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'Japanese Philately': the cultural side of stamps

One of the great pleasures I get from working at Linn's Stamp News is reading the many hundreds of stamp publications that come to Linn's offices every week, and I get to see scores of them.

I won't say we see everything that's published in English, but I would hope that we see most of the important titles.

Of all the stamp publications I see regularly, if I had to pick just one (other than Linn's) to accompany me on the proverbial desert island, I would probably choose Japanese Philately, the journal of the International Society for Japanese Philately.

I don't collect Japanese stamps and have only a narrow interest in Japanese postal history. But I find Japanese Philately irresistibly compelling. The publication has been ably edited; forever it seems, by Robert Spaulding, a retired professor of Asiatic languages who lives in Oklahoma.

I think it's fair to call Spaulding the dean of U.S. stamp editors. He's been at it as long as I can remember, and my affection for his publication now goes back more than 35 years.

To me, what separates Japanese Philately from most other specialized stamp publications is its focus on the cultural aspects of stamps.

We read a lot about stamps being national icons and miniature cultural ambassadors, but not much of the vast literature of our hobby actually discusses stamp matters from a cultural perspective.

Japanese Philately does this with gusto. It embraces the full spectrum of collectible objects both ancient and modern (with well-distributed emphasis on stamps, covers, postmarks and postal history), and then ties them all to Japanese culture, ranging very widely in the process.

Essays on Japanese geography, history, literature, art, music, ideography and spelling appear in every issue, all appropriately related to stamps and covers.

The issue that just reached my desk, cover dated August 2000…contains brief notes on a wide variety of subjects, all extensively illustrated.

Here's just a sampling: covers censored by military police during a few weeks during the Depression when Tokyo was under martial law; the evolution of the design of the flag of the Japanese postal service; handstamped markings on Japanese bulk mail; plate varieties on a Manchoukuo 1 ½-fen stamp; and the world's largest revenue stamp, which Japan issued in the 1870s. (This beast measured 6 ½ inches by 19 inches and was used to wrap bundles of silk. A helpful sketch shows just how this worked.

A more extensive article, by John D. Fluck, a regular contributor who specialized in musical themes, provides background for just one of the stamps in Japan's extensive 20th Century series.

Like the United States, England and many other nations, Japan has issued a series of small sheets bearing large stamps in odd configurations, celebrating cultural and historical events of the century now concluding.

The stamp in question pictures actress Matsui Sumako, in a stage play based on Tolstoy's 1899 novel Resurrection. The play, a great hit in Japan, launched a craze for Russian peasant fashion that lasted for years. A song from this play, "Katyusha's Song," became the first Japanese popular single hit. It's now regarded as marking the beginning of modern Japanese pop music.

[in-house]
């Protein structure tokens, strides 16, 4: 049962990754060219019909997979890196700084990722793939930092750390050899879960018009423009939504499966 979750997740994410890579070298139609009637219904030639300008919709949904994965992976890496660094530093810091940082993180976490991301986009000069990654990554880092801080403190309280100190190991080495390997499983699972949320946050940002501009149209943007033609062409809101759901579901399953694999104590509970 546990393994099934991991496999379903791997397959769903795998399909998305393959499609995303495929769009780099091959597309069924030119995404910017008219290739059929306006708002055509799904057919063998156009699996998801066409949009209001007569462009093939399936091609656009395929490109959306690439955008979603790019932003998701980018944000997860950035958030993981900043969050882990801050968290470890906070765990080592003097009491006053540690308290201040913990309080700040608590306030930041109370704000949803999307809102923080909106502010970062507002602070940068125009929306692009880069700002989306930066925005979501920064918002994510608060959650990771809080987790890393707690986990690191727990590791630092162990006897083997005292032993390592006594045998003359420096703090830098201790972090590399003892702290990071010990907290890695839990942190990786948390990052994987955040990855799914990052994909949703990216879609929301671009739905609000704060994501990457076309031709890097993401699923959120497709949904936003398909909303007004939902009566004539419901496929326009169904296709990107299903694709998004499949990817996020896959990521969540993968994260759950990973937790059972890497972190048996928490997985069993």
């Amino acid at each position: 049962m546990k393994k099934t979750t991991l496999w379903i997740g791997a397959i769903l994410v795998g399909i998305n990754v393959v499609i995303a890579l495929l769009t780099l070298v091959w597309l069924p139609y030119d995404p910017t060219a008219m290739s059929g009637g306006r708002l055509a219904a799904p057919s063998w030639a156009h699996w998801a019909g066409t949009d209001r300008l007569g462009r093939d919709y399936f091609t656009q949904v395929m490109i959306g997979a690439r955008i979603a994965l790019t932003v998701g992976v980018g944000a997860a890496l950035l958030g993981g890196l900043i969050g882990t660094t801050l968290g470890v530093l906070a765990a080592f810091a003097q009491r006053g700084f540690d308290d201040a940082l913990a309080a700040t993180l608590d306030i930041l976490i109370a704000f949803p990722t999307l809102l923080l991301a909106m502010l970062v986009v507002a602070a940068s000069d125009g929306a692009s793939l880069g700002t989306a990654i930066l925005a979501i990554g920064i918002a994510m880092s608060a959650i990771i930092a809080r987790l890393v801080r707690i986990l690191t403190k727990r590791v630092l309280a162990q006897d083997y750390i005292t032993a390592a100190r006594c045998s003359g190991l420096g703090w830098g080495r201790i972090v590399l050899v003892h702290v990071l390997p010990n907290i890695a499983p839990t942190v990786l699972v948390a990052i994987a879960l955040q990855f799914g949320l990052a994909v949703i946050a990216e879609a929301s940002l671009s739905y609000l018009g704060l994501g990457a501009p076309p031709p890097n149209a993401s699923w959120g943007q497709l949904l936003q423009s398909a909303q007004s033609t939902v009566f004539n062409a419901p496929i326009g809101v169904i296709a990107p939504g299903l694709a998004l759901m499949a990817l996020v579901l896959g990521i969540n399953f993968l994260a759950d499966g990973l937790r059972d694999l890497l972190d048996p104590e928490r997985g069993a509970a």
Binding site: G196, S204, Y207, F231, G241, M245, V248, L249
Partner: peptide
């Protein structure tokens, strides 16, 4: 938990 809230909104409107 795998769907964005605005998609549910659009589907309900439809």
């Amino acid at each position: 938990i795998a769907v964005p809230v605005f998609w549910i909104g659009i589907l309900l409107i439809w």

By way of explaining the images on the stamp, Fluck's article provides the actual sheet music for the song, along with three versions of the lyrics (in Japanese characters, in romanized Japanese, and in an English translation) and a precis of the now-for-gotten Tolstoy novel on which the play was based. Such thoroughness is characteristic of Japanese Philately.

Another two-page article, under the heading "Japanese Malaya," not bylined but clearly the work of editor Spaulding, clinically dissects a fake cover (recently sold on eBay) purporting to be a scarce 1943 use from Japanese-occupied Southeast Asia.

Another longer article examines picture postcards and postal markings commemorating the visit to Japan of Teddy Roosevelt's Great White Fleet. Another looks at cacheted covers anticipating the 1940 Tokyo summer Olympics (which Japan was forced to relinquish after it invaded China).

A special favorite for me is a two-page article concerning the gravestone of legendary cachetmaker Karl Lewis. A Kentucky-born American who spent his last 45 years in Yokohama, Lewis was briefly interned as an enemy alien after Pearl Harbor, then released because of ill health. He died at his home in Yokohama in 1942.

The JP article contains a photo of the Lewis gravestone, illustrations of actual rubbings of the ideograph inscriptions and translations of the ideographs in romanized Japanese and English.

In conclusion, the write-up helpfully corrects two mistakes in the tombstone inscription.

In addition to all this and much more, the current issue contains eight well-illustrated pages of information relating to Japanese new-issue stamps and related postmarks.

Back in April, Japanese Philately provided the unforgettable facts that Japanese movie fans develop condensed nicknames for American stars. Burapi=Buraddo Pitto=Brad Pitt. Jontora=Jon Toraboruta=John Travolta.

How can you not love a stamp publication that regularly presents this story of information? Japanese Philately is published by the International Society for Japanese Philately. Society membership of $12 per year includes a subscription to the publication.

Copyrighted 2000 by Linn's Stamp News of Sidney, Ohio,
and reprinted with their permission


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